To help keep them from settling elsewhere on your land, give it a good dose of molasses to deter them. Liquid is cheaper ($8/gallon at Lowe's) and easier IMHO. If they do move to somewhere else you don't want them, douse their mound with the soil drenches mentioned or your own homemade version. That is where it's most effective and that's where it should be used.

Let us know how it goes!
:D Kathe


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 Post subject:
PostPosted: Tue Nov 25, 2003 1:39 pm 
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Thank you all very much for the information. It's all very helpful.

I'm thinking I'll try the molasses. The only garden center near me is at Home Depot and I don't recall ever seeing any there but then I've never specifically looked for it, does anyone know if they carry it?

I forgot to mention that my husband did put some Neem on it when we first found the mound but after putting it on we thought that perhaps that was not the best course of action because we don't want to kill all the beneficials too. Not to mention that we used neem a few months ago to get the fire ants out of a garden bed about 8 feet from the infected compost pile and we thought we had gotten rid of them but now I wonder if they didn't just find a tasteier place to live...

The compost pile is round and it's probably about three feet in diameter and maybe two feet high, and there is a neighboring pile of leaf mulch that also seems to have some ants in it. I'm thinking this is one of the biggest ant mounds I've seen in a long time. It runs through the whole pile.

I'll try the molasses and see if I can get that to work. I was thinking of getting some to spread on the garden as I put it to bed for the winter anyhow.

Thanks again.

-Beth


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 Post subject:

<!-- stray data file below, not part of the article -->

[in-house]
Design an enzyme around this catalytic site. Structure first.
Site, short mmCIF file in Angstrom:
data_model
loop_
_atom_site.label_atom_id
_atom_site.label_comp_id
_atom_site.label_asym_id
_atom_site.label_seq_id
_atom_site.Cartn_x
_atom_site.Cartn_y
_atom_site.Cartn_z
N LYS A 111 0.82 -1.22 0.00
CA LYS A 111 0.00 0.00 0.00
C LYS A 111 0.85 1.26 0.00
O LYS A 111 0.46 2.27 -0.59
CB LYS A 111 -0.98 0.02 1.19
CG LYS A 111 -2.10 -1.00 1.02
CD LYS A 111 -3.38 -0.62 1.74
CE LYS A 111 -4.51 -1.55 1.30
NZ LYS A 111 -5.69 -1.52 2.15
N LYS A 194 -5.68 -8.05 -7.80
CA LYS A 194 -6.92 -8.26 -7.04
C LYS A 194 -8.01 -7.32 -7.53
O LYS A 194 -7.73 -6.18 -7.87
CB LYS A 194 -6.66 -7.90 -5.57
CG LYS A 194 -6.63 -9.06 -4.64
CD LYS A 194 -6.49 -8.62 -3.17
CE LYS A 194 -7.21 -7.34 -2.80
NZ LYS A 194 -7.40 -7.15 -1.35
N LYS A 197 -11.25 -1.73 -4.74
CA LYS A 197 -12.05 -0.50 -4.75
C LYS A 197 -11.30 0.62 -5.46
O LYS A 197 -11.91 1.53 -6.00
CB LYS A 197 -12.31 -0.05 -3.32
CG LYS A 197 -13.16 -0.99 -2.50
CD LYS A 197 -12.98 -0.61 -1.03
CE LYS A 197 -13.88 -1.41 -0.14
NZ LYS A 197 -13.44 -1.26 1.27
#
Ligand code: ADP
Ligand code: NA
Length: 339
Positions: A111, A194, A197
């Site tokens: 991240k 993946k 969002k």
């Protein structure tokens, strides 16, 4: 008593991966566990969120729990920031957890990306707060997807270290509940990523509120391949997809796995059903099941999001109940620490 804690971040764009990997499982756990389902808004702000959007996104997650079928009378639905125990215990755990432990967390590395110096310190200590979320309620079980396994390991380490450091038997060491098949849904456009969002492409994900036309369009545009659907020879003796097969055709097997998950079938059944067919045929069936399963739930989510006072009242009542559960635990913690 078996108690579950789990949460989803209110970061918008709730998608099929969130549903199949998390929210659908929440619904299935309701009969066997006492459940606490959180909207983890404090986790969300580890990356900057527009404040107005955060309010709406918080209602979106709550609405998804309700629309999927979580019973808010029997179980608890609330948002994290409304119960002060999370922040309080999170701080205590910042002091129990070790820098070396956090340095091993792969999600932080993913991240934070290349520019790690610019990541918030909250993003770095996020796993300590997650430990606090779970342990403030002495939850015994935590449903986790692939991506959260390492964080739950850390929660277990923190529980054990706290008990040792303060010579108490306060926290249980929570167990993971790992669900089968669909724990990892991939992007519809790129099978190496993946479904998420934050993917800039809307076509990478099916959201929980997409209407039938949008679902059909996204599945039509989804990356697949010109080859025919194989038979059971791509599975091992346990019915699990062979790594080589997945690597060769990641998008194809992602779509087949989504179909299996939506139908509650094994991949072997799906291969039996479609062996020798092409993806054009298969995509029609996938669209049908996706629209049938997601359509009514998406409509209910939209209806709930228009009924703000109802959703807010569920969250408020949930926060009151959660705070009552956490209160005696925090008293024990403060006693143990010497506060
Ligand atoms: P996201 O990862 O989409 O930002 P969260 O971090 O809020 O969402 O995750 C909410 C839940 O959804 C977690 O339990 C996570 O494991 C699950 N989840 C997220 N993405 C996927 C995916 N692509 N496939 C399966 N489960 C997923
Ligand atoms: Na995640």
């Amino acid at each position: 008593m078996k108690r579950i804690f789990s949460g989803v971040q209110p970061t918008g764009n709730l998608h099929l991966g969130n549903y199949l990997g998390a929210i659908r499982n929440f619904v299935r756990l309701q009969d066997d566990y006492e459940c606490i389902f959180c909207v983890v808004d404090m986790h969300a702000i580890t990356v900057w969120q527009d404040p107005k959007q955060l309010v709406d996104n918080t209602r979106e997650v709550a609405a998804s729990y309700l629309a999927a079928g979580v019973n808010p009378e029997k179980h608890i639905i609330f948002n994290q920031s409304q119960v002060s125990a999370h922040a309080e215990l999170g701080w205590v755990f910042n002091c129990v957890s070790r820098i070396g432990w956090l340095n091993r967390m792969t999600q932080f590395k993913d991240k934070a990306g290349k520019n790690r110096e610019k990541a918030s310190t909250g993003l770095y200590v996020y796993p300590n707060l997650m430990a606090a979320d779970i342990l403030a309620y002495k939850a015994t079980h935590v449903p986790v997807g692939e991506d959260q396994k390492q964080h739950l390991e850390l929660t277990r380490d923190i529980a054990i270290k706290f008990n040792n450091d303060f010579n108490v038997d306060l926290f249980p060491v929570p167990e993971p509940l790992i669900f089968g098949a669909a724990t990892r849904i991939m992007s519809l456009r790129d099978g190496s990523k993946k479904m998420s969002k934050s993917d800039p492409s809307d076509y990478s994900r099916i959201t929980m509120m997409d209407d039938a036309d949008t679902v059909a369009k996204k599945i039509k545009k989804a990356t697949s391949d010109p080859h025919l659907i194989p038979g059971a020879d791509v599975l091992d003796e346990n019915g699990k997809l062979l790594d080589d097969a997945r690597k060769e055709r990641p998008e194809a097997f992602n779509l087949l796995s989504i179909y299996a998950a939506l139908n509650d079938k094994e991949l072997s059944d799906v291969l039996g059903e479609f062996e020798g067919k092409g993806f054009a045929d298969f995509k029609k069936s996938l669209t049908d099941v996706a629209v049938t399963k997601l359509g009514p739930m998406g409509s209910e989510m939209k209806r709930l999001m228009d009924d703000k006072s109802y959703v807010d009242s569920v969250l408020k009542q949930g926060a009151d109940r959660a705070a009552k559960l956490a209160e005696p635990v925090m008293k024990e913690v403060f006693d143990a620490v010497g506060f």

PostPosted: Wed Nov 26, 2003 8:37 am 
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Depending on where you live and on how warm your compost pile is, you might be able to drive them off or kill them by turning the pile to expose the mound when it's pretty cold outside. If your pile is still pretty cool, its heat may not be enough to offset the ambient cold to which the pile would be exposed if you turned it. If you can see where the ants are concentrated, you might even scoop that part out and spread it on the ground in the cold, then return it to the pile after the ants have dissipated. Of course, if you're in San Antonio, it might not be cold enough for this to help.
As to the molasses, you could use liquid kitchen molasses from the grocery store. For the compost pile alone, I prefer molasses to the d-Limonene. I suppose if conditions are suitable, the molasses/disruption might just move the ants a short distance, so maybe you'd rather kill the mound (which proper exposure to the cold would do also). I figured that molasses would be the lowest cost choice, but I suppose it depends on how you buy it vs d-Limonene.

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 Post subject:
PostPosted: Wed Nov 26, 2003 11:49 pm 
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Location: Garland, Texas
I must admit, I am confused by the seemed aversion by some to just kill the fire ants. I agree that they have a place in the ecosystem, but when they become a nuisance or pest, I have no problem whatsover in killing them. Scooping them out and spreading them on the ground? And you will be doing what as they spread up your hands and arms?

As far as the molasses driving them off, umlaf I will await your first hand experience as my own experiments have not proven so successful. One thing that has worked for me is turning the pile with some regularity and not letting the pile get too dry.

The compost pile is round and it's probably about three feet in diameter and maybe two feet high, and there is a neighboring pile of leaf mulch that also seems to have some ants in it. I'm thinking this is one of the biggest ant mounds I've seen in a long time. It runs through the whole pile.

That is a lot of ants, and I wouldn't volunteer to stand in or near the pile to turn it for long.

Good luck with this though and report back on what you do and how it works.

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 Post subject:
PostPosted: Thu Nov 27, 2003 6:57 am 
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Mr. Clean wrote:
I must admit, I am confused by the seemed aversion by some to just kill the fire ants. I agree that they have a place in the ecosystem, but when they become a nuisance or pest, I have no problem whatsover in killing them. Scooping them out and spreading them on the ground? And you will be doing what as they spread up your hands and arms?


That's why I wrote to do it when it's cold outside so that their motor activity is low. The poster did ask for an inexpensive solution, after all, and exposing them to the cold does kill them. As always, elimination depends on affecting the queen(s).